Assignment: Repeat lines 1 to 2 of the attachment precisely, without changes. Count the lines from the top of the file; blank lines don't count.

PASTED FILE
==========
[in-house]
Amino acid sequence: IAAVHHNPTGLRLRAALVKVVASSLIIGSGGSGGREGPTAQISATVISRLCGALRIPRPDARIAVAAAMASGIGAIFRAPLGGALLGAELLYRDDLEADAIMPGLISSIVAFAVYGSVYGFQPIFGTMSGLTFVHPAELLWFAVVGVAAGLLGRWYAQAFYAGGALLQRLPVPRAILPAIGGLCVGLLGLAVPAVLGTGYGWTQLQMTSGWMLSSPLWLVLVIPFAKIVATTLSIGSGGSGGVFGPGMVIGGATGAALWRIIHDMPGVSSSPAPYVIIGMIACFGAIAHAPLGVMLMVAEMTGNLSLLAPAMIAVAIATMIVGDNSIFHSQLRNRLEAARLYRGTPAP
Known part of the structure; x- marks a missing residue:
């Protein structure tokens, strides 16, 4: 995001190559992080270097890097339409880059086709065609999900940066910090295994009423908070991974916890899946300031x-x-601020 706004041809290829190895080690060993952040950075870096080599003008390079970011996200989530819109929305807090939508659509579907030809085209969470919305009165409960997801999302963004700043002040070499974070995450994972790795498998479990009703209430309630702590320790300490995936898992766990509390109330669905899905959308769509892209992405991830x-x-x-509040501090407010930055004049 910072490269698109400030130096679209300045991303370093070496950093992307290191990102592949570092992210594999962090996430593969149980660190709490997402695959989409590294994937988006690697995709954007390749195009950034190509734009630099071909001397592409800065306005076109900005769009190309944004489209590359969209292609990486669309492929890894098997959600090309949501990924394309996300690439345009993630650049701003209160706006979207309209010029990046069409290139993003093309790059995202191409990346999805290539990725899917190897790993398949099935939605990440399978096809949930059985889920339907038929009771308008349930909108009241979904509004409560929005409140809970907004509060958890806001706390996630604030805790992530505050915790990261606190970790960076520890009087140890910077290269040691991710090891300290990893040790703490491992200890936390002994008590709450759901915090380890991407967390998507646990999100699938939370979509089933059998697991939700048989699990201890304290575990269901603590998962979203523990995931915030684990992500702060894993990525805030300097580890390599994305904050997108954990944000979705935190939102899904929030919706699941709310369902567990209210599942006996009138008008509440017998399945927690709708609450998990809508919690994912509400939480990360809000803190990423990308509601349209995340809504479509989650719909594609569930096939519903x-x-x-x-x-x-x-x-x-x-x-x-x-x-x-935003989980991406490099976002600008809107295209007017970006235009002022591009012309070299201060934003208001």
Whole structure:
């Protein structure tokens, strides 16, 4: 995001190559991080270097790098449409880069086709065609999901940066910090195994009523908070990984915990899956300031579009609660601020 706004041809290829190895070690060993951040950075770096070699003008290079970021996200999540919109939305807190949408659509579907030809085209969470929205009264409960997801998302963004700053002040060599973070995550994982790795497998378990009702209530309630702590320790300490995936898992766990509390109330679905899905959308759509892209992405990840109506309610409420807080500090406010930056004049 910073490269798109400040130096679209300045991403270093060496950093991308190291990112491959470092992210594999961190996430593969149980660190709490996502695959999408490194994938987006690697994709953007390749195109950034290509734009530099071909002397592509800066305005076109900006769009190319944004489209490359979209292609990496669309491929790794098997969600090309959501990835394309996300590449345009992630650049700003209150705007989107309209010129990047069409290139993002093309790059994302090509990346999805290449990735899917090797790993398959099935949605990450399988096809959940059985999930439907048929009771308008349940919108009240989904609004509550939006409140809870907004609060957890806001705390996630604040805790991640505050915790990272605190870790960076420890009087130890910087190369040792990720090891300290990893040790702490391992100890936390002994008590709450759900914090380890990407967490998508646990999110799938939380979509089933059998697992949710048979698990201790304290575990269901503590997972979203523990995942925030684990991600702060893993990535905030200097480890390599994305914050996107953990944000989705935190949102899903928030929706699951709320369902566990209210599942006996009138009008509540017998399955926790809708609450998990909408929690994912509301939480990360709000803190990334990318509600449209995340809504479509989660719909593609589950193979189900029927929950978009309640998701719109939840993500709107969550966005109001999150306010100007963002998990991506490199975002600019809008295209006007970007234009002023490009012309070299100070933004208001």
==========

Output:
[in-house]
Amino acid sequence: IAAVHHNPTGLRLRAALVKVVASSLIIGSGGSGGREGPTAQISATVISRLCGALRIPRPDARIAVAAAMASGIGAIFRAPLGGALLGAELLYRDDLEADAIMPGLISSIVAFAVYGSVYGFQPIFGTMSGLTFVHPAELLWFAVVGVAAGLLGRWYAQAFYAGGALLQRLPVPRAILPAIGGLCVGLLGLAVPAVLGTGYGWTQLQMTSGWMLSSPLWLVLVIPFAKIVATTLSIGSGGSGGVFGPGMVIGGATGAALWRIIHDMPGVSSSPAPYVIIGMIACFGAIAHAPLGVMLMVAEMTGNLSLLAPAMIAVAIATMIVGDNSIFHSQLRNRLEAARLYRGTPAP